In 1923, Coster and von Hevesey (DOI: 10.1038/111182a0) claimed discovery of the element Hafnium, atomic number 72 (latin Hafnia, meaning Copenhagen, where the authors worked) on the basis of six lines in its X-ray spectrum. The debate had long raged as to whether (undiscovered) element 72 belonged to the rare-earth group 3 of the periodic table below yttrium, or whether it should be placed in group 4 below zirconium. Establishing its chemical properties finally placed it in group 4. Why is this apparently arcane and obscure re-assignment historically significant? Because, in June 1922, in Göttingen, Niels Bohr had given a famous series of lectures now known as the Bohr Festspiele on the topic of his electron shell theory of the atom. Prior to giving these lectures he had submitted his collected thoughts in January 1922.
Like Mendeleev before, who had predicted ekasilicon, ekaaluminium and ekaboron (eventually discovered as germanium, gallium and scandium), Bohr had used his electron shell theory to (correctly) predict the properties of element 72. In modern terms, he had concluded that its electron shell structure must be 126.96.36.199.10.2 or [Xe].4f14.5d2.6s2. Classification as a rare earth would have resulted in the 4f shell having 15 electrons, impossible in Bohr’s theory. Coster and von Hevesey note in their article that Bohr’s striking prediction was now verified.
Why I am writing all of this? For various reasons:
- Unlike Mendeleev, Bohr’s prediction of the properties of a (then uncharacterized) element, whilst famous at the time, is nowadays largely forgotten by chemists. It is one of the great achievements of the then new quantum theory.
- Reading the 67 pages of Bohr’s article on the topic reveals no discussion of element 72 (articles of this era are nowadays only available as scanned images, not full text, and one must rely on a human visual scan of all 67 pages, which of course may not be reliable) but its (absence) in the table below is striking. Here VI means the 6th row of the periodic table.
- Notice the only other missing elements, Technetium (43), Promethium (61), Astatine (85), Francium (87) and Rhenium (75, the only non-radioactive one remaining to be discovered),
- I must presume that Bohr introduced his discussion of element 72 into his June lectures to make an impact with his audience! One might have hoped that tracking down what happened between January 1922, when Bohr fails to make much of the missing element 72, and June in the same year would be possible from Coster and von Hevesey’s citation of Bohr in 1923. But it was the practice of the time to rarely cite one’s sources. Thus they give no published citation to Bohr, and one might conclude that they might instead be quoting Bohr from his lectures rather than his writings (who, I wonder, was poor old Bury, now forgotten!).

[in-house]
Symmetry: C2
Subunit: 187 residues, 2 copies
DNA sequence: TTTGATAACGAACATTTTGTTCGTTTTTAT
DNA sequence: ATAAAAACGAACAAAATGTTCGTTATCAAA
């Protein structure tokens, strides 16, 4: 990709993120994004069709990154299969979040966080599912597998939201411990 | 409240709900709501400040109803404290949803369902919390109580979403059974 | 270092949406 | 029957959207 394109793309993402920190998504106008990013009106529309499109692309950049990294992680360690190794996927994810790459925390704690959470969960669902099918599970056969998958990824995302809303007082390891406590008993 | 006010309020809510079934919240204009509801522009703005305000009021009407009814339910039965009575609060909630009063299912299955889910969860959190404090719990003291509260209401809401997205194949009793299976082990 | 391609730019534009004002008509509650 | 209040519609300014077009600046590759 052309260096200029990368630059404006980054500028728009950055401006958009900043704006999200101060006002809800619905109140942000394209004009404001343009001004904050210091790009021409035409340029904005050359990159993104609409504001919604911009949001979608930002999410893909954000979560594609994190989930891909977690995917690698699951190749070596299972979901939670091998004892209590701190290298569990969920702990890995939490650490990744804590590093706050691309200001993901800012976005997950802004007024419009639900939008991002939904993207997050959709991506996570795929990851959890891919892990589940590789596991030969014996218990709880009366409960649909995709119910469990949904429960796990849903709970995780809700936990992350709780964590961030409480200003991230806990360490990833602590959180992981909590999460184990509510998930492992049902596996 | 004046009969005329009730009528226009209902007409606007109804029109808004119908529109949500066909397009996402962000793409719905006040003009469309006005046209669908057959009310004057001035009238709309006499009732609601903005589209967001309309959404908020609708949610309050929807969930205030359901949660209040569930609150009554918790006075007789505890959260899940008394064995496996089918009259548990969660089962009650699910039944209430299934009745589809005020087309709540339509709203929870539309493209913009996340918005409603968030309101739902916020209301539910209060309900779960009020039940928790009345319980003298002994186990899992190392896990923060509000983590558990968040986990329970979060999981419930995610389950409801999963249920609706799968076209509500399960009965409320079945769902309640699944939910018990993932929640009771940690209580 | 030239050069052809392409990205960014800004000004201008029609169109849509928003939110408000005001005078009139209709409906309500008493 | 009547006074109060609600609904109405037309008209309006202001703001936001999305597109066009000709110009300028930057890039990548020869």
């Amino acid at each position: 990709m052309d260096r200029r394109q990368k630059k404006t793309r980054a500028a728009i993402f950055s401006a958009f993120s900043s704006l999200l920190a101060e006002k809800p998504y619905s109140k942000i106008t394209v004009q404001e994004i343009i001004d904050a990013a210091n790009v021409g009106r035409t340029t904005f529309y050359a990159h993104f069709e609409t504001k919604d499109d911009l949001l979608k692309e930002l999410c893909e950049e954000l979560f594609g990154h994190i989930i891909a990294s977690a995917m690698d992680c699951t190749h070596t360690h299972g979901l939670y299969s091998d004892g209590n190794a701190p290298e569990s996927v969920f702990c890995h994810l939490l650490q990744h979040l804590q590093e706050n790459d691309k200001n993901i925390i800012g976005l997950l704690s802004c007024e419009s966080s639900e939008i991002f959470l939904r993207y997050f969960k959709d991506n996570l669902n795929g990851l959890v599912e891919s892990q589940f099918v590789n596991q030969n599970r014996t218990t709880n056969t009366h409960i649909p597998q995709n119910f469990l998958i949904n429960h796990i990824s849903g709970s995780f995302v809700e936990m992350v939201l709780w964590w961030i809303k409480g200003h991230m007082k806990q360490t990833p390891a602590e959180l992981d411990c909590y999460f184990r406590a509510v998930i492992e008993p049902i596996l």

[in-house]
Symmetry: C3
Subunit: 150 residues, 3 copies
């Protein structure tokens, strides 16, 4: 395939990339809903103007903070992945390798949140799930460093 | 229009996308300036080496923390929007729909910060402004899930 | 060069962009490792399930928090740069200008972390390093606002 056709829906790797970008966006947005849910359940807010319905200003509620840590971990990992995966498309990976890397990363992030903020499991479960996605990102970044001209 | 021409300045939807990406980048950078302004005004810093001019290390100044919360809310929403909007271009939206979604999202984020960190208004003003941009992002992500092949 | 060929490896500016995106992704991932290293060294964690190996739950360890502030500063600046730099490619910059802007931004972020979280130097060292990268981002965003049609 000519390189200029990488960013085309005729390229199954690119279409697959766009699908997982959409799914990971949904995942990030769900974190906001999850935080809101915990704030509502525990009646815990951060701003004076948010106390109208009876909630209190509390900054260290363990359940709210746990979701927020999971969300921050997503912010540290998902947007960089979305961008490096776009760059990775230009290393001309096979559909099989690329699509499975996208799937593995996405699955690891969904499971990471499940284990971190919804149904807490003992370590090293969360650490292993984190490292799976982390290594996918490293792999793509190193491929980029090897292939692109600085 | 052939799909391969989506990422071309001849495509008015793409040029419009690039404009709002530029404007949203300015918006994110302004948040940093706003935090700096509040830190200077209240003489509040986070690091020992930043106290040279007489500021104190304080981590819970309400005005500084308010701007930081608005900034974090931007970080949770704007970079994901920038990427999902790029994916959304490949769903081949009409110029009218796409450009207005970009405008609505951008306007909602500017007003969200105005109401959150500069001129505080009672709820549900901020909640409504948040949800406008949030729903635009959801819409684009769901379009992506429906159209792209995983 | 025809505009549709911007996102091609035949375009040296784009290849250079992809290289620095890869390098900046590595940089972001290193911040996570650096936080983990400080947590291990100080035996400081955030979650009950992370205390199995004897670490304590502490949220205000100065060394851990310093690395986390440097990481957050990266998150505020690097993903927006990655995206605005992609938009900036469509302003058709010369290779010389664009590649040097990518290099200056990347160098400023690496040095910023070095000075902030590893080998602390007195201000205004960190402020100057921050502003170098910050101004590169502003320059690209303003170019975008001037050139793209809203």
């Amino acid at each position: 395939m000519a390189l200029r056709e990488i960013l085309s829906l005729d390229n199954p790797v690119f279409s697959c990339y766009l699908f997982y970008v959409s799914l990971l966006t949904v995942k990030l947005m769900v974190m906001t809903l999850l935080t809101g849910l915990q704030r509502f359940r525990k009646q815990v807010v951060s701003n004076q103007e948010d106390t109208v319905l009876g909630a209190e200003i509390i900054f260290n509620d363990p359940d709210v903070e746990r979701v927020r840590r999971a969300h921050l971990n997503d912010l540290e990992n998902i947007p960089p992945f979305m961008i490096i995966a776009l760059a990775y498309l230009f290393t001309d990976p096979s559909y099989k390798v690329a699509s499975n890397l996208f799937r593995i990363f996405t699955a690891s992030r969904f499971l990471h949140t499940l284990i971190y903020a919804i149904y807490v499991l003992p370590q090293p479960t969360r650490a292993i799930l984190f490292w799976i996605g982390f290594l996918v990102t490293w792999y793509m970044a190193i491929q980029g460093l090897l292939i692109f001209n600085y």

- Bohr’s own 1922 article on the topic is also visually striking. It contains in its 67 pages:
- 13 (short) equations
- Two figures (the second a variation on the first)
- One table (above).
- and lots of text (in German).
- No citations at the end, not even one, although many people are acknowledged in the text itself.
- No explicit statement of shell structures as e.g. 188.8.131.52.10.2 or [Xe].4f14.5d2.6s2.
Given that Bohr’s article can be regarded as one of the most influential of the 20th century (even prior to its being placed on a firm theoretical footing by solution of the Schroedinger equation for the hydrogen atom), I find it interesting how quickly it achieved this status (Bohr won the Nobel prize in 1922 as well). One might conclude that reputations were made as much via verbal presentations as by the immediate visual impact of the associated publications.
The filled electron shells are clearly set out here (much more clearly than in Bohr’s 1922 article). But yet again, we remain baffled as to how Langmuir arrived at this postulate. Although he (very briefly) mentions Bohr in his own paper, it is only in the context of speculating about what prevents the electrons from falling into the nucleus, and few citations are again given (a notable exception is to Pease for suggesting the triple bond). We may only suspect that Langmuir had heard Bohr talking about his theory, and had extended G. N. Lewis’ concept (also not directly cited) of (filled) valence shells for his own theory of chemical bonding.
Well, in a little less than 90 years, we have progressed from finding almost no sources cited in some of the most influential papers of the 20th century, to the DOI (or URL) embedded in everything. I think that when the history of the present era is written, the introduction of the DOI/URL will take its place in the pantheon of great scientific events. Its the connections that matter, stupid!
Postscript. Hevesey in this review written in 1925 sets out a good history of Hafnium. This article contains (on p7) a clear statement of the electron shell structure of Hafnium as 184.108.40.206.8.2.2, which is cited as Bohr’s result. Hevesey quotes Bohr via reference 12, which is in fact to a book Bohr published in 1924. There is no mention of Langmuir in Hevesey’s review.
Postscript1: Hafnium (as its oxide) is now an essential element to the ever smaller fabrication of silicon chips (32nm and smaller). It is one of 14 elements considered essential to the future green technologies (six of which, but not including Hafnium, are considered in critical risk of supply disruption by 2015).
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- N. Bohr, "Der Bau der Atome und die physikalischen und chemischen Eigenschaften der Elemente", Z. Physik, vol. 9, pp. 1-67, 1922. http://dx.doi.org/10.1007/BF01326955